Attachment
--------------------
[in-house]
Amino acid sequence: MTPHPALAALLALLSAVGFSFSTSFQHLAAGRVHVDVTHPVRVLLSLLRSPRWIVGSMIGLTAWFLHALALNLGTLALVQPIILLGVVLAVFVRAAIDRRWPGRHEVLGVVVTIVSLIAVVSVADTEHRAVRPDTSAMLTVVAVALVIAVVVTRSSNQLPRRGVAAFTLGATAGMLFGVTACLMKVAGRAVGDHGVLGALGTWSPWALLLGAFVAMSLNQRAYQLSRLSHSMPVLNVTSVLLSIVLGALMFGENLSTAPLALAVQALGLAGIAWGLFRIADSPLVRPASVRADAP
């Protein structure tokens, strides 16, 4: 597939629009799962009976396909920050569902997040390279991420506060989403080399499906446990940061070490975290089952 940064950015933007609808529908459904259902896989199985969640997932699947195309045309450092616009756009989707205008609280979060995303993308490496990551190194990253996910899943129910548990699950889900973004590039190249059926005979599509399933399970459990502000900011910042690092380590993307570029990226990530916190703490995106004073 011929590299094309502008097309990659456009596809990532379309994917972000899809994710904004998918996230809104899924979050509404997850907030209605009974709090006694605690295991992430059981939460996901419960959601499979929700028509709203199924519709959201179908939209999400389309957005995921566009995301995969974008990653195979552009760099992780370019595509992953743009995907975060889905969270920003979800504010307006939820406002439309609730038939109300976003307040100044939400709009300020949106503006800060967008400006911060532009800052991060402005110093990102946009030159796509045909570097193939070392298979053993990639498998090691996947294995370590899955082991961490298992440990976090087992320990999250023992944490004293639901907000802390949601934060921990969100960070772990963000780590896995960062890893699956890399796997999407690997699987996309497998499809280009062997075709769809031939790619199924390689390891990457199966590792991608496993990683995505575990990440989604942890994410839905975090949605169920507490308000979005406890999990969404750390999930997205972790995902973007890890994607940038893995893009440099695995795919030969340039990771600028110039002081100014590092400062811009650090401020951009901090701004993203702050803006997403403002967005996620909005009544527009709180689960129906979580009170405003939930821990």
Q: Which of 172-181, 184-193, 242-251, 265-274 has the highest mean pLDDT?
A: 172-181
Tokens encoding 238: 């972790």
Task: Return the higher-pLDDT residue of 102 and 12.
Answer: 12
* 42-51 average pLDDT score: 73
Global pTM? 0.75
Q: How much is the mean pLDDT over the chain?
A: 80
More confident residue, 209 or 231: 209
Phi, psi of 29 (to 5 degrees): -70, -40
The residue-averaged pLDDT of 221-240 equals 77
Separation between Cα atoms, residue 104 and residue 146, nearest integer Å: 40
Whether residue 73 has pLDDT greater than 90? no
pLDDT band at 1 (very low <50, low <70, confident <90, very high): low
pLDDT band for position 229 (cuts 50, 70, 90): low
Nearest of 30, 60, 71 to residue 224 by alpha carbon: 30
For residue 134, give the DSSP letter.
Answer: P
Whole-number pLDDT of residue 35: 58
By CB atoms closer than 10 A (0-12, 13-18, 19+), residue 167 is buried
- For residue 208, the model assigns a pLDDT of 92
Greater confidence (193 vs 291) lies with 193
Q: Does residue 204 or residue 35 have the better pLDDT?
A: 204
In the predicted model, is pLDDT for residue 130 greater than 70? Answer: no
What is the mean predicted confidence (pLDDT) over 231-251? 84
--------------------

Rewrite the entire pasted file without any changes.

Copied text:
[in-house]
Amino acid sequence: MTPHPALAALLALLSAVGFSFSTSFQHLAAGRVHVDVTHPVRVLLSLLRSPRWIVGSMIGLTAWFLHALALNLGTLALVQPIILLGVVLAVFVRAAIDRRWPGRHEVLGVVVTIVSLIAVVSVADTEHRAVRPDTSAMLTVVAVALVIAVVVTRSSNQLPRRGVAAFTLGATAGMLFGVTACLMKVAGRAVGDHGVLGALGTWSPWALLLGAFVAMSLNQRAYQLSRLSHSMPVLNVTSVLLSIVLGALMFGENLSTAPLALAVQALGLAGIAWGLFRIADSPLVRPASVRADAP
């Protein structure tokens, strides 16, 4: 597939629009799962009976396909920050569902997040390279991420506060989403080399499906446990940061070490975290089952 940064950015933007609808529908459904259902896989199985969640997932699947195309045309450092616009756009989707205008609280979060995303993308490496990551190194990253996910899943129910548990699950889900973004590039190249059926005979599509399933399970459990502000900011910042690092380590993307570029990226990530916190703490995106004073 011929590299094309502008097309990659456009596809990532379309994917972000899809994710904004998918996230809104899924979050509404997850907030209605009974709090006694605690295991992430059981939460996901419960959601499979929700028509709203199924519709959201179908939209999400389309957005995921566009995301995969974008990653195979552009760099992780370019595509992953743009995907975060889905969270920003979800504010307006939820406002439309609730038939109300976003307040100044939400709009300020949106503006800060967008400006911060532009800052991060402005110093990102946009030159796509045909570097193939070392298979053993990639498998090691996947294995370590899955082991961490298992440990976090087992320990999250023992944490004293639901907000802390949601934060921990969100960070772990963000780590896995960062890893699956890399796997999407690997699987996309497998499809280009062997075709769809031939790619199924390689390891990457199966590792991608496993990683995505575990990440989604942890994410839905975090949605169920507490308000979005406890999990969404750390999930997205972790995902973007890890994607940038893995893009440099695995795919030969340039990771600028110039002081100014590092400062811009650090401020951009901090701004993203702050803006997403403002967005996620909005009544527009709180689960129906979580009170405003939930821990």
Q: Which of 172-181, 184-193, 242-251, 265-274 has the highest mean pLDDT?
A: 172-181
Tokens encoding 238: 């972790």
Task: Return the higher-pLDDT residue of 102 and 12.
Answer: 12
* 42-51 average pLDDT score: 73
Global pTM? 0.75
Q: How much is the mean pLDDT over the chain?
A: 80
More confident residue, 209 or 231: 209
Phi, psi of 29 (to 5 degrees): -70, -40
The residue-averaged pLDDT of 221-240 equals 77
Separation between Cα atoms, residue 104 and residue 146, nearest integer Å: 40
Whether residue 73 has pLDDT greater than 90? no
pLDDT band at 1 (very low <50, low <70, confident <90, very high): low
pLDDT band for position 229 (cuts 50, 70, 90): low
Nearest of 30, 60, 71 to residue 224 by alpha carbon: 30
For residue 134, give the DSSP letter.
Answer: P
Whole-number pLDDT of residue 35: 58
By CB atoms closer than 10 A (0-12, 13-18, 19+), residue 167 is buried
- For residue 208, the model assigns a pLDDT of 92
Greater confidence (193 vs 291) lies with 193
Q: Does residue 204 or residue 35 have the better pLDDT?
A: 204
In the predicted model, is pLDDT for residue 130 greater than 70? Answer: no
What is the mean predicted confidence (pLDDT) over 231-251? 84